Capital-Task Complementarity and the Decline of the U.S. Labor Share of Income
Musa Orak ()
No 1200, International Finance Discussion Papers from Board of Governors of the Federal Reserve System (U.S.)
This paper provides evidence that shifts in the occupational composition of the U.S. workforce are the most important factor explaining the trend decline in the labor share over the past four decades. Estimates suggest that while there is unitary elasticity between equipment capital and non-routine tasks, equipment capital and routine tasks are highly substitutable. Through the lenses of a general equilibrium model with occupational choice and the estimated production technology, I document that the fall in relative price of equipment capital alone can explain 72 percent of the observed decline in the U.S. labor share. In addition, I find that differences in labor share trends across sectors can be accounted for by varying sensitivities of cost of production to the price of equipment capital.
Keywords: Labor share; Technological change; Capital-task complementarity; Elasticity of substitution; Job polarization; Bayesian estimation (search for similar items in EconPapers)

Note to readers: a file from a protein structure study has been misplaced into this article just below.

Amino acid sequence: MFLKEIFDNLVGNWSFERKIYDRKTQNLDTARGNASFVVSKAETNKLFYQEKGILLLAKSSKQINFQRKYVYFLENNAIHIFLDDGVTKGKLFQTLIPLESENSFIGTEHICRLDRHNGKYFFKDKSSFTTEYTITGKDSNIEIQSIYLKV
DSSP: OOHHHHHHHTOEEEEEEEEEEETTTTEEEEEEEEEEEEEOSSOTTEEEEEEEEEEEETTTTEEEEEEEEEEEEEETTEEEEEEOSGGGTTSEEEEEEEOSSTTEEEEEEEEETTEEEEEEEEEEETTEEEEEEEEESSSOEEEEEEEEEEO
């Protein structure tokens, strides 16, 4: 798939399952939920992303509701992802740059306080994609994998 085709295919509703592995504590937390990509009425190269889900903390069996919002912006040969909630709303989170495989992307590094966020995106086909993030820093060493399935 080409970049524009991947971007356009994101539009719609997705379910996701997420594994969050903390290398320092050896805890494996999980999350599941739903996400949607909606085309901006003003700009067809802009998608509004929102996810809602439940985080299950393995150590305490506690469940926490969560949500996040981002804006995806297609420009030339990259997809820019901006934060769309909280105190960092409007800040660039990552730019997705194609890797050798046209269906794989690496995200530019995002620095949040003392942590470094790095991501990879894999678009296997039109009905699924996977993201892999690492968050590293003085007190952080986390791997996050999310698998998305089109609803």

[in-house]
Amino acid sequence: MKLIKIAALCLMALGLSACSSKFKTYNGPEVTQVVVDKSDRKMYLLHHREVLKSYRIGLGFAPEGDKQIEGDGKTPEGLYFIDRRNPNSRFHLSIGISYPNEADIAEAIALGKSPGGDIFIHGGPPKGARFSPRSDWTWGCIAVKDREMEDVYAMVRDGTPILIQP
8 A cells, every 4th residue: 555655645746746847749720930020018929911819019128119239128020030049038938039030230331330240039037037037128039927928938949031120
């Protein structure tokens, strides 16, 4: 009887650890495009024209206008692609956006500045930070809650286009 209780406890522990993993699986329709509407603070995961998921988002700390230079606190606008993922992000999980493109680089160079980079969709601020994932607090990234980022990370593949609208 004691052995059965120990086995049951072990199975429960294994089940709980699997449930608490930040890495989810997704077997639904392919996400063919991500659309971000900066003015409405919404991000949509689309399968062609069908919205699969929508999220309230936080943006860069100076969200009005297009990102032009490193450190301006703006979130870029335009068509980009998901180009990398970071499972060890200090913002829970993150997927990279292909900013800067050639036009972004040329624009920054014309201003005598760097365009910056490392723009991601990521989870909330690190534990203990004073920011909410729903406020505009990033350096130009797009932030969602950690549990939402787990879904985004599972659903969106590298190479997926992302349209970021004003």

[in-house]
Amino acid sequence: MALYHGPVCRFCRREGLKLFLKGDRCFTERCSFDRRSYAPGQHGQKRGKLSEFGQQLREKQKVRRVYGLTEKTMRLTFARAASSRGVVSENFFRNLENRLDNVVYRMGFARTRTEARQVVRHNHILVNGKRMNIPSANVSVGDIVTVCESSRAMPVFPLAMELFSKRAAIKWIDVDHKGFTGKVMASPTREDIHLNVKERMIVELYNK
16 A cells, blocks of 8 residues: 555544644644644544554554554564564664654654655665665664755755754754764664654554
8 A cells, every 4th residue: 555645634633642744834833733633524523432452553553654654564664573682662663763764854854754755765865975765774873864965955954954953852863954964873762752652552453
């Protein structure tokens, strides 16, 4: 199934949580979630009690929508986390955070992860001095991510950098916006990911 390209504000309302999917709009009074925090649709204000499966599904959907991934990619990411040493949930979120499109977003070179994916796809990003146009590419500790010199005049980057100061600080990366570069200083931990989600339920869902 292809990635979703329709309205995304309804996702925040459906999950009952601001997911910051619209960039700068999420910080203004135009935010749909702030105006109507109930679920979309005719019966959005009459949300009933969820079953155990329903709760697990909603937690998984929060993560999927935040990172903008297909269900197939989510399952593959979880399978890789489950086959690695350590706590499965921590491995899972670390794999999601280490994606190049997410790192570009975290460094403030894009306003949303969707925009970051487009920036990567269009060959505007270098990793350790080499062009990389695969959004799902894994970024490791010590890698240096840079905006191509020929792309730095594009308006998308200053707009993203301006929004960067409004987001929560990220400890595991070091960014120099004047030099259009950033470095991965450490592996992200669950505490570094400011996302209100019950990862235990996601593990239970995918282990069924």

JEL-codes: C11 E22 E23 E25 J24 J31 (search for similar items in EconPapers)
New Economics Papers: this item is included in nep-lma and nep-mac
References: View references in EconPapers View complete reference list from CitEc
Citations: View citations in EconPapers (2) Track citations by RSS feed
Downloads: (external link)
This item may be available elsewhere in EconPapers: Search for items with the same title.
Export reference: BibTeX
RIS (EndNote, ProCite, RefMan)
Persistent link: https://EconPapers.repec.org/RePEc:fip:fedgif:1200
Ordering information: This working paper can be ordered from
Access Statistics for this paper
More papers in International Finance Discussion Papers from Board of Governors of the Federal Reserve System (U.S.) Contact information at EDIRC.
Bibliographic data for series maintained by Ryan Wolfslayer ().